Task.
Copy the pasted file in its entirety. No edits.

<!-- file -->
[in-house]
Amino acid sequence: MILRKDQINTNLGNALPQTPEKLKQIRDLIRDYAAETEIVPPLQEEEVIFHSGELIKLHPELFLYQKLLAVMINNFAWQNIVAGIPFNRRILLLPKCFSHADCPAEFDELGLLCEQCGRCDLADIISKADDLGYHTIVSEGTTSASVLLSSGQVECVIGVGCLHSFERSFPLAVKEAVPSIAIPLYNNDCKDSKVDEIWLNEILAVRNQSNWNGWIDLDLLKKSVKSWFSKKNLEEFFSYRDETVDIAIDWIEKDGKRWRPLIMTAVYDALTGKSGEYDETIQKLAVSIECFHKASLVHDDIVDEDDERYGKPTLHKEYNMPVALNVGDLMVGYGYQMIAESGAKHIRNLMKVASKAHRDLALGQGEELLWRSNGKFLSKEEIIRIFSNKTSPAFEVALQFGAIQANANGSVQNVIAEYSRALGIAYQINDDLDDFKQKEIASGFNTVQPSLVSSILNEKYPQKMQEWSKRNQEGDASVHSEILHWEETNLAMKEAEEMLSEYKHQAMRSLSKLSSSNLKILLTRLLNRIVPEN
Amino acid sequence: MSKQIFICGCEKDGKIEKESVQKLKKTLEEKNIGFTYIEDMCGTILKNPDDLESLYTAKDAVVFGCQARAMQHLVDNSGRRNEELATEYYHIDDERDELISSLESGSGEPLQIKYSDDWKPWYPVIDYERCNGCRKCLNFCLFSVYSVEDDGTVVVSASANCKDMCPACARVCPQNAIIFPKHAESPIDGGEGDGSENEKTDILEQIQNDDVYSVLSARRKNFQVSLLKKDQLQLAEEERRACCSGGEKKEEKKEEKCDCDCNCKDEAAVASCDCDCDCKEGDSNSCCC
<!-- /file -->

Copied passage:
[in-house]
Amino acid sequence: MILRKDQINTNLGNALPQTPEKLKQIRDLIRDYAAETEIVPPLQEEEVIFHSGELIKLHPELFLYQKLLAVMINNFAWQNIVAGIPFNRRILLLPKCFSHADCPAEFDELGLLCEQCGRCDLADIISKADDLGYHTIVSEGTTSASVLLSSGQVECVIGVGCLHSFERSFPLAVKEAVPSIAIPLYNNDCKDSKVDEIWLNEILAVRNQSNWNGWIDLDLLKKSVKSWFSKKNLEEFFSYRDETVDIAIDWIEKDGKRWRPLIMTAVYDALTGKSGEYDETIQKLAVSIECFHKASLVHDDIVDEDDERYGKPTLHKEYNMPVALNVGDLMVGYGYQMIAESGAKHIRNLMKVASKAHRDLALGQGEELLWRSNGKFLSKEEIIRIFSNKTSPAFEVALQFGAIQANANGSVQNVIAEYSRALGIAYQINDDLDDFKQKEIASGFNTVQPSLVSSILNEKYPQKMQEWSKRNQEGDASVHSEILHWEETNLAMKEAEEMLSEYKHQAMRSLSKLSSSNLKILLTRLLNRIVPEN
Amino acid sequence: MSKQIFICGCEKDGKIEKESVQKLKKTLEEKNIGFTYIEDMCGTILKNPDDLESLYTAKDAVVFGCQARAMQHLVDNSGRRNEELATEYYHIDDERDELISSLESGSGEPLQIKYSDDWKPWYPVIDYERCNGCRKCLNFCLFSVYSVEDDGTVVVSASANCKDMCPACARVCPQNAIIFPKHAESPIDGGEGDGSENEKTDILEQIQNDDVYSVLSARRKNFQVSLLKKDQLQLAEEERRACCSGGEKKEEKKEEKCDCDCNCKDEAAVASCDCDCDCKEGDSNSCCC